[172] Clarke M, “Law of Insurance Contracts (Looseleaf)” (LLP Informa Publishing: London, Service Issue Number 22, 1st December 2010)

[173] Law Commission, Insurance Contract Law: Business Disclosure; Warranties; Insurers’ Remedies for Fraudulent Claims; and Late Payment  (No. 353, 2014) para 21.3

[174] Merkin R, “Reforming Insurance Law: Is there a case for reverse transportation? A report for the English and Scottish Law Commissions On The Australian Experience of Insurance Law Reform”  59 <http://lawcommission.justice.gov.uk/docs/ICL_Merkin_report.pdf> Last accessed 1/3/2017

[175] Law Commission, Insurance Contract Law: Business Disclosure; Warranties; Insurers’ Remedies for Fraudulent Claims; and Late Payment  (No. 353, 2014)  para 21.11

[176] Padfield A and Nichols S, “Insurance: Watch this space” (162 New Law journal 1346)

[177] For example, Popplewell J in Versloot who applied the law with ‘manifest reluctance’

[178] Itself having been widely criticised by judges

[179] Swaby G, “Insurance law reform: deterring fraud in the twenty-first century” (Int. J.L.M. 2011, 53(6), 413-434) 427

[180] Lowry J and Rawlings P, “Insurance Fraud: ‘the convoluted and confused’ state of the law” (Law Quarterly Review (2016) Jan 132) 11

[181] P.H. Robinson and J.M. Darley, “Does Criminal Law Deter? A Behavioural Science Investigation” (2004) 24(2) O.J.L.S.

173; W.J. Cardi, R.D. Penfield and A.H. Yoon, “Does Tort Law Deter Individuals? A Behavioral Science Study” (2012)

9(3) J.E.L.S. 567.

[182] Crime in England & Wales, year ending September 2014 — Bulletin tables, Table 21. Action Fraud recorded 895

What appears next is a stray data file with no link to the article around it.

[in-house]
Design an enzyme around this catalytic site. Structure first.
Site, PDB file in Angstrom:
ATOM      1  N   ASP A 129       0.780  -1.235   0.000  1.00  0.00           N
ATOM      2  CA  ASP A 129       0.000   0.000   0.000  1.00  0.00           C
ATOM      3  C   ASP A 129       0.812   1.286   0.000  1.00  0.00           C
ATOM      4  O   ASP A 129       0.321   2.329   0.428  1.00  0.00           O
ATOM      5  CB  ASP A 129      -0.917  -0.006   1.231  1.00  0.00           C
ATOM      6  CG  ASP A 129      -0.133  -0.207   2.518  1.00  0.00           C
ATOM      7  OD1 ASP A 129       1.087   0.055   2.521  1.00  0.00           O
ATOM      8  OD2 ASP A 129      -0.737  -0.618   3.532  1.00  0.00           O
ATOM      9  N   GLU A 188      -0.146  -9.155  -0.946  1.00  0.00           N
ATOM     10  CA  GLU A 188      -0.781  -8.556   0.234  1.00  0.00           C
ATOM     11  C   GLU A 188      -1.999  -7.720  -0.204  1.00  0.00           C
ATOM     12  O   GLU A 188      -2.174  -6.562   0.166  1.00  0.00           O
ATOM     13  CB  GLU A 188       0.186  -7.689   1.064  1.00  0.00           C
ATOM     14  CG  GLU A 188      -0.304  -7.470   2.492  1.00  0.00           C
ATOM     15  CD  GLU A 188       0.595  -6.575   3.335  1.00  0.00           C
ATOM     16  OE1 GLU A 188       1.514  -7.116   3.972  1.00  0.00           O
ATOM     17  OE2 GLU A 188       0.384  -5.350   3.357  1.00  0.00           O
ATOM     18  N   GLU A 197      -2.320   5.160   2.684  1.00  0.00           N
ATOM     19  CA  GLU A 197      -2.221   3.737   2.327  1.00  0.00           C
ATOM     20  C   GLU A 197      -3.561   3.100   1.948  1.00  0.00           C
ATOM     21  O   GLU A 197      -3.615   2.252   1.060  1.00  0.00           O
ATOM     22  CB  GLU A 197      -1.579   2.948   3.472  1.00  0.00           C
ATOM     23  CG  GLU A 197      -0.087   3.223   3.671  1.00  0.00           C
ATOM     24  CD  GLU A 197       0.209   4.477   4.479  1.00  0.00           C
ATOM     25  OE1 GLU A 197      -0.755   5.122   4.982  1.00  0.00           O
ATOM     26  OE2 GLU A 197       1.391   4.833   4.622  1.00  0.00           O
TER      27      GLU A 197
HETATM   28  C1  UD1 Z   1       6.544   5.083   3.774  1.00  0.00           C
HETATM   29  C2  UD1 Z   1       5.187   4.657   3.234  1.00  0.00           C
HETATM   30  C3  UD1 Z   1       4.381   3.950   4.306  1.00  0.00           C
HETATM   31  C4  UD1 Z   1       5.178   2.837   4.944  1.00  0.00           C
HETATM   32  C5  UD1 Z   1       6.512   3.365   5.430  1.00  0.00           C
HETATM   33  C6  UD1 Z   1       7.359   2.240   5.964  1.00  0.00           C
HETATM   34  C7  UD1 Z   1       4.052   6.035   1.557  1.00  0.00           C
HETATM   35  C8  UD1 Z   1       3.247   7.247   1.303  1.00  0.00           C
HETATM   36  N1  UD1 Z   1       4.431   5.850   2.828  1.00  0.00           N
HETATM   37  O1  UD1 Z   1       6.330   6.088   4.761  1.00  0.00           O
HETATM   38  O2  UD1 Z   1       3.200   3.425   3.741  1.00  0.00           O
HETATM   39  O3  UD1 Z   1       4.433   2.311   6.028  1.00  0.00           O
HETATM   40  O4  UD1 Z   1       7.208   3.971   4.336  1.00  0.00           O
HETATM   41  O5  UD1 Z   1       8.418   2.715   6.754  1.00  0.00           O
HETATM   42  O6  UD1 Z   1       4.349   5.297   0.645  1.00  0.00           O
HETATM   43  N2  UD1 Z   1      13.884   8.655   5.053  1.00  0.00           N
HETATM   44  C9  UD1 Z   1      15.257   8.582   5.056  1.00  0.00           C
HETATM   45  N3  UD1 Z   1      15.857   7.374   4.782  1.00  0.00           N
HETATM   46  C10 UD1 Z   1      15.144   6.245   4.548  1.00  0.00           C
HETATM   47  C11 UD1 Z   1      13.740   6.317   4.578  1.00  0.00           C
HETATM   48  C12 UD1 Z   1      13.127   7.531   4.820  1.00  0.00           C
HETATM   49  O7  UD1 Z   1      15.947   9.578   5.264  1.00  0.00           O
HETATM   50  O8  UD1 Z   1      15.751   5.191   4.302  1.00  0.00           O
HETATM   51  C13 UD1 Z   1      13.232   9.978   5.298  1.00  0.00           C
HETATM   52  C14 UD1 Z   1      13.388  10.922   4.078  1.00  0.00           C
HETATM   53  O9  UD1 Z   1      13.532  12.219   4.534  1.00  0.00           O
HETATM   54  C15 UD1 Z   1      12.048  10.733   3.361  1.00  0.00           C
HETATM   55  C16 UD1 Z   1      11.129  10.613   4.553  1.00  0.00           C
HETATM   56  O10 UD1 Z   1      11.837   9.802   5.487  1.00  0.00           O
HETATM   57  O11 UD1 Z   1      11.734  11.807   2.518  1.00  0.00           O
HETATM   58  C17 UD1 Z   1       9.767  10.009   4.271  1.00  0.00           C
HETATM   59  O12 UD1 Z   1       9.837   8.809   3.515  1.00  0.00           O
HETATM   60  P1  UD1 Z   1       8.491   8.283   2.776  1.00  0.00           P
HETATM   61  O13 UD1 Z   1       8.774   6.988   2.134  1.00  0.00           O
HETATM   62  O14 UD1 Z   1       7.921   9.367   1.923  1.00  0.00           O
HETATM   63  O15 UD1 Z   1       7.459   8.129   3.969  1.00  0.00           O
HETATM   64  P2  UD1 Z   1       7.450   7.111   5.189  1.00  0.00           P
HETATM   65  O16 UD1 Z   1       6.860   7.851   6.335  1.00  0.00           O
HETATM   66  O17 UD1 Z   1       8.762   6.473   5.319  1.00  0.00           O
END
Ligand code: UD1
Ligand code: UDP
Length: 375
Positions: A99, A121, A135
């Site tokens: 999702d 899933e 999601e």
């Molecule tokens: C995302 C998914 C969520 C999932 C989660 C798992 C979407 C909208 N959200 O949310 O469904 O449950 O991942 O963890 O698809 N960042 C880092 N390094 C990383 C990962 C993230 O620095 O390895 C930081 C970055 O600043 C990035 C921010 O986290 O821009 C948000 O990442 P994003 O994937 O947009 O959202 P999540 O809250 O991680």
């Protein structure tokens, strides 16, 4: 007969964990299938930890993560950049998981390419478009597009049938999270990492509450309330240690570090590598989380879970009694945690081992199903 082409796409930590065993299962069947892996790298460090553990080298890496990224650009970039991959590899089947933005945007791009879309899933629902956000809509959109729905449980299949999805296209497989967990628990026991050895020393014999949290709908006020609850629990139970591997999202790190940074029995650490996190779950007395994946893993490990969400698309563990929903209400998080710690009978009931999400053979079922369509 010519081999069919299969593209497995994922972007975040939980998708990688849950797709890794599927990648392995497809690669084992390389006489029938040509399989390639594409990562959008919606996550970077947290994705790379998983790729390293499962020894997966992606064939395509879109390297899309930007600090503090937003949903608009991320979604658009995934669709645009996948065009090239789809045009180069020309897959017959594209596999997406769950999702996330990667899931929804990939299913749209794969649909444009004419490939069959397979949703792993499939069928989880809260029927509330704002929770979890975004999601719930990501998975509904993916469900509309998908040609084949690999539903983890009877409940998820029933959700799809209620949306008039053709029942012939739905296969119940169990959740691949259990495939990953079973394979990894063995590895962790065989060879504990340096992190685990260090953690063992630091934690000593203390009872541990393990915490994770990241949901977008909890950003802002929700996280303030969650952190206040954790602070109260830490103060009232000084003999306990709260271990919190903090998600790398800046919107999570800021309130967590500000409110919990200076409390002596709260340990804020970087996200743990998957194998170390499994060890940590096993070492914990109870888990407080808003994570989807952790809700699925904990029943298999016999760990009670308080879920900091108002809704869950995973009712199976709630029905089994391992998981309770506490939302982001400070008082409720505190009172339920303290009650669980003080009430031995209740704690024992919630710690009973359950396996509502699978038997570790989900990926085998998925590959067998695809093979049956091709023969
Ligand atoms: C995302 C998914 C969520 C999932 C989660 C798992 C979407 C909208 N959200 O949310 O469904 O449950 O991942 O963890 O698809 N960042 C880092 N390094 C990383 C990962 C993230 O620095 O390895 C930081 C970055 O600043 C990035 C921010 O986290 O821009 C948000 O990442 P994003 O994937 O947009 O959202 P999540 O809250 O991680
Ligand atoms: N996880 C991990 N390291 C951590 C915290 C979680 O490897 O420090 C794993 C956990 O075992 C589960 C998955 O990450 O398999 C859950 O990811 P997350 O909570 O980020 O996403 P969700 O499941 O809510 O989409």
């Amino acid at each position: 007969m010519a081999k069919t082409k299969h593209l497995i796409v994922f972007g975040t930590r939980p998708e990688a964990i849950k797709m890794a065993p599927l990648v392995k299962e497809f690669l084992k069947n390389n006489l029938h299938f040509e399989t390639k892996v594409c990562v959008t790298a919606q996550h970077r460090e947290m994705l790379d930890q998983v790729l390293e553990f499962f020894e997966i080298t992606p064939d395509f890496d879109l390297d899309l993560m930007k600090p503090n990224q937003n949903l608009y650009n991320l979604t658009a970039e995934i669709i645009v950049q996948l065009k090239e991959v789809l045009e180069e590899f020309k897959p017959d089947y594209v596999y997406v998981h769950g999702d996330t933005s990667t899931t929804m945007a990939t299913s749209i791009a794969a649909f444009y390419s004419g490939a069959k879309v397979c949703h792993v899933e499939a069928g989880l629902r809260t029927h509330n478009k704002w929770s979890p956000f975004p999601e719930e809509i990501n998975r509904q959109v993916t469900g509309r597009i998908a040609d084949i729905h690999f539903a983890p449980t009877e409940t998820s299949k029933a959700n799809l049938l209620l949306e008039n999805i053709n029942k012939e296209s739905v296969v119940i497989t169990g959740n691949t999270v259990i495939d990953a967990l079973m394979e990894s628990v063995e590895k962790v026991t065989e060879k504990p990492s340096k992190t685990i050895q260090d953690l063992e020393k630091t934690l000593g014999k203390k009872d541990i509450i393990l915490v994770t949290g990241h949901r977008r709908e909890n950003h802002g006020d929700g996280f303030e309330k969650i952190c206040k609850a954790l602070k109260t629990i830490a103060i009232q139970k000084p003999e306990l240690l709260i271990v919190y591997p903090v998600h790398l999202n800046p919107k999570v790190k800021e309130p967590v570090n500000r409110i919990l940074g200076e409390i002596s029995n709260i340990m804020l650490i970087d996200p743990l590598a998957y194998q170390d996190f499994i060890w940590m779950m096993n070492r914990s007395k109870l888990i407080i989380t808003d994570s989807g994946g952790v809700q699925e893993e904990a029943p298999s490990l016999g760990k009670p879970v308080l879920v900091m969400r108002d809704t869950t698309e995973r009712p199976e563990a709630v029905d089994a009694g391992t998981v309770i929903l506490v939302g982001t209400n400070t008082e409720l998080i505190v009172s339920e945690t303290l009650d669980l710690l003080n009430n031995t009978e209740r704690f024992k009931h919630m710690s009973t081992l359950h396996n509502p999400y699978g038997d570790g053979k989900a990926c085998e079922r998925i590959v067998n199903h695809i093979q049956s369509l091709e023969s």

offences in the year to March 2014: Crime in England & Wales, year ending March 2014, Appendix Tables, table A5,

<available at http://www.ons.gov.uk/ons/index.html> Last accessed 1/3/2017

[183] Lowry J and Rawlings P, “Insurance Fraud: ‘the convoluted and confused’ state of the law” (Law Quarterly Review (2016) Jan 132) 12

[184] Law Commission, Insurance Contract Law: Business Disclosure; Warranties; Insurers’ Remedies for Fraudulent Claims; and Late Payment  (No. 353, 2014) para 21.5

[185] Law Commission, “Reforming Insurance Contract Law Issues Paper 7: The Insured’s Post-Contract Duty of Good Faith” (July 2010) Para 2.23 at para.3.62

[186] Law Commission, Insurance Contract Law: Business Disclosure; Warranties; Insurers’ Remedies for Fraudulent Claims; and Late Payment  (No. 353, 2014) para 21.8

[187] Scottish Law Commission, “What price should policyholders pay for fraudulent insurance claims?” (9th July 2010)

[188] Baird G, ‘What is a fraudulent claim?’ (Kennedys 25 July 2016)   <http://www.kennedyslaw.com/casereview/what-is-a-fraudulent-claim/ Last accessed 1/3/2017

[189] Lowry J and Rawlings P, “Insurance Fraud: ‘the convoluted and confused’ state of the law” (Law Quarterly Review (2016) Jan 132) 13

[190] Ombudsman News, Issue 21 (October 2002), <http://www.financial ombudsman.org.uk/news/2012.html> Last accessed 1/3/2017